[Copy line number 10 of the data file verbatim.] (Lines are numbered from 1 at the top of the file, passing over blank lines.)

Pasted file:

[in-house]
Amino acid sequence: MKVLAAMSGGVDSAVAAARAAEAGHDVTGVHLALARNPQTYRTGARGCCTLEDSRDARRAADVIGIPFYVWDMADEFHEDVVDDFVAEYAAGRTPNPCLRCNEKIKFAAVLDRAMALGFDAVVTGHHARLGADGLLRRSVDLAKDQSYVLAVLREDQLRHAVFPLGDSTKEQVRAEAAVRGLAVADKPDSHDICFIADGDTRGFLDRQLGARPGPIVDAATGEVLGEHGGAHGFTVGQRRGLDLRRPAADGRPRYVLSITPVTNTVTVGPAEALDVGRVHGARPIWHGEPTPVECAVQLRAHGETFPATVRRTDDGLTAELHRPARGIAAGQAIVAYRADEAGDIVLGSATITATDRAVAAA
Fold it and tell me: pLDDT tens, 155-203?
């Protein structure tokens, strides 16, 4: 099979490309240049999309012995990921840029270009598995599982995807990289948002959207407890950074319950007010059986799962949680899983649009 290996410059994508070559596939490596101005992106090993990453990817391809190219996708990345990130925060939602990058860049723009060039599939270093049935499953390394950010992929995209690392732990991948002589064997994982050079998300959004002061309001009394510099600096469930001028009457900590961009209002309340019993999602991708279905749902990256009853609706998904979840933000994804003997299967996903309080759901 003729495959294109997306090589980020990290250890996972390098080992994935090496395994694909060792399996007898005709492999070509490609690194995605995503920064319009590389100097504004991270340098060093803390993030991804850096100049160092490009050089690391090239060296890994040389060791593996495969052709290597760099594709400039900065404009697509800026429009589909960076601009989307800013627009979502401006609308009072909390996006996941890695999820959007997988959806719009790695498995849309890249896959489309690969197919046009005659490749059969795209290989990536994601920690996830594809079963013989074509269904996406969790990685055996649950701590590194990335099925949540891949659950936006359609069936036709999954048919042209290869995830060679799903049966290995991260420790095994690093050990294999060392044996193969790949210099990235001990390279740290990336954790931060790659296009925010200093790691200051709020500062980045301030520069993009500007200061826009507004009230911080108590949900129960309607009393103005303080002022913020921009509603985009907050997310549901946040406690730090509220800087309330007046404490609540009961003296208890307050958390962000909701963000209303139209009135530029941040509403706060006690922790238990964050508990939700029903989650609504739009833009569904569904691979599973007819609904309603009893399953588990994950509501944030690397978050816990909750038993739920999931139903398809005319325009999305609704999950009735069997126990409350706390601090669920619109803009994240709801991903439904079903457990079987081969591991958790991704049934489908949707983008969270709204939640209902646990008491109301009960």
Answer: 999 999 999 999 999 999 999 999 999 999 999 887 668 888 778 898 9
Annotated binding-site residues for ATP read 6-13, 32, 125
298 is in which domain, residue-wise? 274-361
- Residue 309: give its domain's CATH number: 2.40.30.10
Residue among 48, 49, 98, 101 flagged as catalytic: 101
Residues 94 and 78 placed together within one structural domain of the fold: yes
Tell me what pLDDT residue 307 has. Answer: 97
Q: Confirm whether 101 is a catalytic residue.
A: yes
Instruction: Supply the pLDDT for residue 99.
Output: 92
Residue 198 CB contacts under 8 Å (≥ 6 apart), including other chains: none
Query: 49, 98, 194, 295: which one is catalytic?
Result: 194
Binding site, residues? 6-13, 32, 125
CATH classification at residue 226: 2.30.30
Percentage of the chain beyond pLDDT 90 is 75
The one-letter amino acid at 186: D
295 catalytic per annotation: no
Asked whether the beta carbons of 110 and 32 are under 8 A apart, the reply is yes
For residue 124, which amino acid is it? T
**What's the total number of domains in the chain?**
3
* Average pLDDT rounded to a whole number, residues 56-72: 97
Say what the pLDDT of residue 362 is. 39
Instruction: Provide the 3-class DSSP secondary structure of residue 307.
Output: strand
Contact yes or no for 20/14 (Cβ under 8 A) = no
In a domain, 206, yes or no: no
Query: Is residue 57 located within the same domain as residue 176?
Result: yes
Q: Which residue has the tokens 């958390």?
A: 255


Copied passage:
Residues 94 and 78 placed together within one structural domain of the fold: yes